I AM PLEASED TO WELCOME BACK AUTHOR
TITLE: Fathers (Collected Poems 1973-2015)
RELEASE DATE: July 30, 2016
AUTHOR: Ken Koprowski
KEYWORDS: fathers, fatherhood, poetry, parenthood, wilderness, war, death and survival, love, triumph
PAGE COUNT: 66
Ken Koprowski is a poet, writer, communications consultant, and educator. His collection of poetry, Fathers – Collected Poems 1973-2015, is being published by Ravenswood Publishing in the spring of 2016. In addition to being a prolific writer, he is an award-winning creative director and producer, and photographer. He earned his M.A. in Creative Writing with a specialization in poetry and completed his doctoral coursework at Syracuse University before pursuing a career in public relations. He is working on a second book of poetry and a collection of short stories entitled Draft Dodgers.
He currently teaches advanced public relations writing and a range of public relations subjects in the Master’s programs at New York University, Iona College and Manhattanville College. In addition, he teaches crisis communication and reputation management – courses he designed -- in the MBA program and business communications at UConn Stamford.
Ken has extensive advertising, marketing and communication management experience. He served as corporate spokesperson in diverse, complex and difficult situations. Ken has written speeches for many well-known corporate leaders, annual and CSR reports, OPEDs, communications plans, ads, video and audio scripts, websites, blogs, and more. He recently edited, and wrote the introduction and chapter on using digital and social media in crisis communications for a popular crisis communications handbook.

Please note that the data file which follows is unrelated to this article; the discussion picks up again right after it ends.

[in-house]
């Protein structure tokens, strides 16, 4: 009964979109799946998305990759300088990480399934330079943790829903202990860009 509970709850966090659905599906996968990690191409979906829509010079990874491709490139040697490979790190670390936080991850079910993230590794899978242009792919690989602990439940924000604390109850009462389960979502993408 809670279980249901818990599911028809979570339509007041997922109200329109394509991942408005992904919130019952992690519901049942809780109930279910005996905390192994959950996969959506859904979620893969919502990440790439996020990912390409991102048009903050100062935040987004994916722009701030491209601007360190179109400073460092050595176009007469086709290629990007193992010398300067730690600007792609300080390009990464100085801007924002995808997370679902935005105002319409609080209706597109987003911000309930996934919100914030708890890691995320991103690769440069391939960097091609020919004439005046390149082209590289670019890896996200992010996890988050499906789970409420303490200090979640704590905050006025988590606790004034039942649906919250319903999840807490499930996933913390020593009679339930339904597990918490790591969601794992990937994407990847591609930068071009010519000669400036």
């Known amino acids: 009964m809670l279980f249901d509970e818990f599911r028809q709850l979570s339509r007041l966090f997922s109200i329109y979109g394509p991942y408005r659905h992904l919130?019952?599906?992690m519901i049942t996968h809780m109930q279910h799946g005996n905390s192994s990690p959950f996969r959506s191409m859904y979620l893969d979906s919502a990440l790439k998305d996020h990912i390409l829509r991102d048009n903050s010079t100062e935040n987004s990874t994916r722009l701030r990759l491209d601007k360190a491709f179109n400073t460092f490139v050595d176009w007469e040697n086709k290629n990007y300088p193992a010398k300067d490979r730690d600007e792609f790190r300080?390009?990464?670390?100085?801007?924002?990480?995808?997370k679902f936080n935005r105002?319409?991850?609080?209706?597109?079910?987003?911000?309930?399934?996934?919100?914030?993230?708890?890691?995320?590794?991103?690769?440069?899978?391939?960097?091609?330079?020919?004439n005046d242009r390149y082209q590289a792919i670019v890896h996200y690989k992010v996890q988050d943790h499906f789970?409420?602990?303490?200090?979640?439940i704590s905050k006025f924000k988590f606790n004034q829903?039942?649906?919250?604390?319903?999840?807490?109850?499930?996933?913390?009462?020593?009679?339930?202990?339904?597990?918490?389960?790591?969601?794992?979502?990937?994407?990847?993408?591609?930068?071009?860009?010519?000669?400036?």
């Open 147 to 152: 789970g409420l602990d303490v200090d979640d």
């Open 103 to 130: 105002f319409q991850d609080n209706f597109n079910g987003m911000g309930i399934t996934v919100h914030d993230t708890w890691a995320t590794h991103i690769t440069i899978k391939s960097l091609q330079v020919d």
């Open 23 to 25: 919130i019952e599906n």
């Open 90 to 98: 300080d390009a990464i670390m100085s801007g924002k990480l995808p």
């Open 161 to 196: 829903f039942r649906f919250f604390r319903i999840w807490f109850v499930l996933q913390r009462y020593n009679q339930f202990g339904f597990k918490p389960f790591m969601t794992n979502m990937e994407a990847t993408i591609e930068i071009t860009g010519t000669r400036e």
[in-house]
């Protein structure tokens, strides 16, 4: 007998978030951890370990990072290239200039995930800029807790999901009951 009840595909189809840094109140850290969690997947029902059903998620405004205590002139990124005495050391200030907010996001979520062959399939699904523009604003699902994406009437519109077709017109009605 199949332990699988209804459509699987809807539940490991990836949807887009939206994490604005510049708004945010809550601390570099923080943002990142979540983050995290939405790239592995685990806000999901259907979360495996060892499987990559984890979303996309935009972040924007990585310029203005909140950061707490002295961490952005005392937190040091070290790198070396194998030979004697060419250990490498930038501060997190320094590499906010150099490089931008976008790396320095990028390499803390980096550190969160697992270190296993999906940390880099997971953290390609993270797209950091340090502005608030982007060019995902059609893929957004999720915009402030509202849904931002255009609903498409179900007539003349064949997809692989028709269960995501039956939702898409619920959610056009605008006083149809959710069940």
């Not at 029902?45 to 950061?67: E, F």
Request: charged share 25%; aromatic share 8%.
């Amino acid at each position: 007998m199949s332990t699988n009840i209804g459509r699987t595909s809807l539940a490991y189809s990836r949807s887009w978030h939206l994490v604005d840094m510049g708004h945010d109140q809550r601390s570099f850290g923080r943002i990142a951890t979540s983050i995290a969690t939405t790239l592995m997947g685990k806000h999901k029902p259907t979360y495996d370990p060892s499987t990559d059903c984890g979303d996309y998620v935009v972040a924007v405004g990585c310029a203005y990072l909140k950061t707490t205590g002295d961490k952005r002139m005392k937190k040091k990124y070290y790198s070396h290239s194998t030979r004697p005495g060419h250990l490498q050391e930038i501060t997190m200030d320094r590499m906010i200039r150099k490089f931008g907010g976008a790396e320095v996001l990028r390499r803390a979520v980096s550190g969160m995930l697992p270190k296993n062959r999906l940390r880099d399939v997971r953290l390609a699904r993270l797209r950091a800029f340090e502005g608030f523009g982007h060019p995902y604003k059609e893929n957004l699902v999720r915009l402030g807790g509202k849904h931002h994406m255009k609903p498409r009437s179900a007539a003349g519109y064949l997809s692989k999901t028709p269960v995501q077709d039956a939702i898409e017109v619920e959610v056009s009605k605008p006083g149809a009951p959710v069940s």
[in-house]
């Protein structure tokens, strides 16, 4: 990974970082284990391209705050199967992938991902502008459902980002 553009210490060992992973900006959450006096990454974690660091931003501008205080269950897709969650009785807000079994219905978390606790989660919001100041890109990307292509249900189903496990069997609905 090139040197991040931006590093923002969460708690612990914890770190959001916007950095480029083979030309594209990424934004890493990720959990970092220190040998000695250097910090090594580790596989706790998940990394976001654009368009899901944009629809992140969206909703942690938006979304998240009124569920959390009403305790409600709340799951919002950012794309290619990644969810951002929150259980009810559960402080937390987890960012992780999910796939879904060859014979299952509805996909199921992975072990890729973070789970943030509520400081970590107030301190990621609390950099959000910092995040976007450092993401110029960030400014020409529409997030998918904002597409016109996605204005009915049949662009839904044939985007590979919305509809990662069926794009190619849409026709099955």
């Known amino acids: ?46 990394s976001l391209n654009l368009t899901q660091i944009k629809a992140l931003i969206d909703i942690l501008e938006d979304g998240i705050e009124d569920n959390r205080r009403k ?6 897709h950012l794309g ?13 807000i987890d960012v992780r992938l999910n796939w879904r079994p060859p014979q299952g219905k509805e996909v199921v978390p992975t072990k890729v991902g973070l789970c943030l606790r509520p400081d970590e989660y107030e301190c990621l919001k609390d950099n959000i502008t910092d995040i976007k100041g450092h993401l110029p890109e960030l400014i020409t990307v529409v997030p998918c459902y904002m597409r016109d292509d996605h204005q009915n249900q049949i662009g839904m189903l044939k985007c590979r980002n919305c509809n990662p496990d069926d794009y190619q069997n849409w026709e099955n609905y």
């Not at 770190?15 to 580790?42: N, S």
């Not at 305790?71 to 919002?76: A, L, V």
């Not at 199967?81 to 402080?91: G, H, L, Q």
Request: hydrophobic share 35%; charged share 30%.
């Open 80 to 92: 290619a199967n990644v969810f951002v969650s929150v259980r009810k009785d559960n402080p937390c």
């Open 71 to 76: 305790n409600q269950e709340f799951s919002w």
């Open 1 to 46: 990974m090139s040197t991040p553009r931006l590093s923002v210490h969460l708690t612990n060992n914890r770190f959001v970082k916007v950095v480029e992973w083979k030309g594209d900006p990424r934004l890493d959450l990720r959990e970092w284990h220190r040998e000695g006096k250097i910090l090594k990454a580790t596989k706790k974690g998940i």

Ken grew up in the Midwest – in Chicago and central and northern Wisconsin. For the past 40 years, he’s lived and worked in New York, southwestern Connecticut and southern Vermont. He and his wife of 35 years have three sons and a daughter, and they in turn have nine children of their own.
BANTER – STUFF ABOUT YOU
Q: When you think of a garden, do you picture vegetables or flowers?
A: Both. These days, flowers are the best bet -- the damn critters eat the veggies before I can harvest them, although the deer eat the daylily buds before they can bloom, sigh.
Q: If you didn’t have to clean them, how many bathrooms would you have in your home?
A: What’s cleaning got to do with it? If you gotta go, you gotta go somewhere.
How many if you have to clean them?
A: Hmmm, this question tells more about you than me.
Q: Bedtime, relaxing so you can sleep sounds. Is your preference, white noise, TV, soft music, ocean waves, forest or meadow sounds, babbling brook, or something else?
A: The sound of silence, as in “Hello darkness, my old friend.” (My thanks to Simon and Garfunkel.)
Q: What kind of music do you listen to? Do you have an all time favorite song?
A: Classic jazz and classic vinyl rock. Dave Grusin’s and Lee Ritenour’s “Mountain Dance,” followed closely by Stevie Wonder’s “Sunshine of my life.”
Q: If your life were a movie would it be considered an action film, comedy, drama, romance, fantasy or a combination?
A: It has been and is all the above, although comedy and fantasy tend to dominate.
Q: How do you feel about exercise?
A: Love it outdoors, not so much in the gym. These days, I’m walking four to six miles.
BOOKS – ABOUT THE CRAFT
Q: What is your favorite part of writing?
A: Having an idea and then developing it word by word, metaphor by metaphor and watching it bud and blossom like a rose.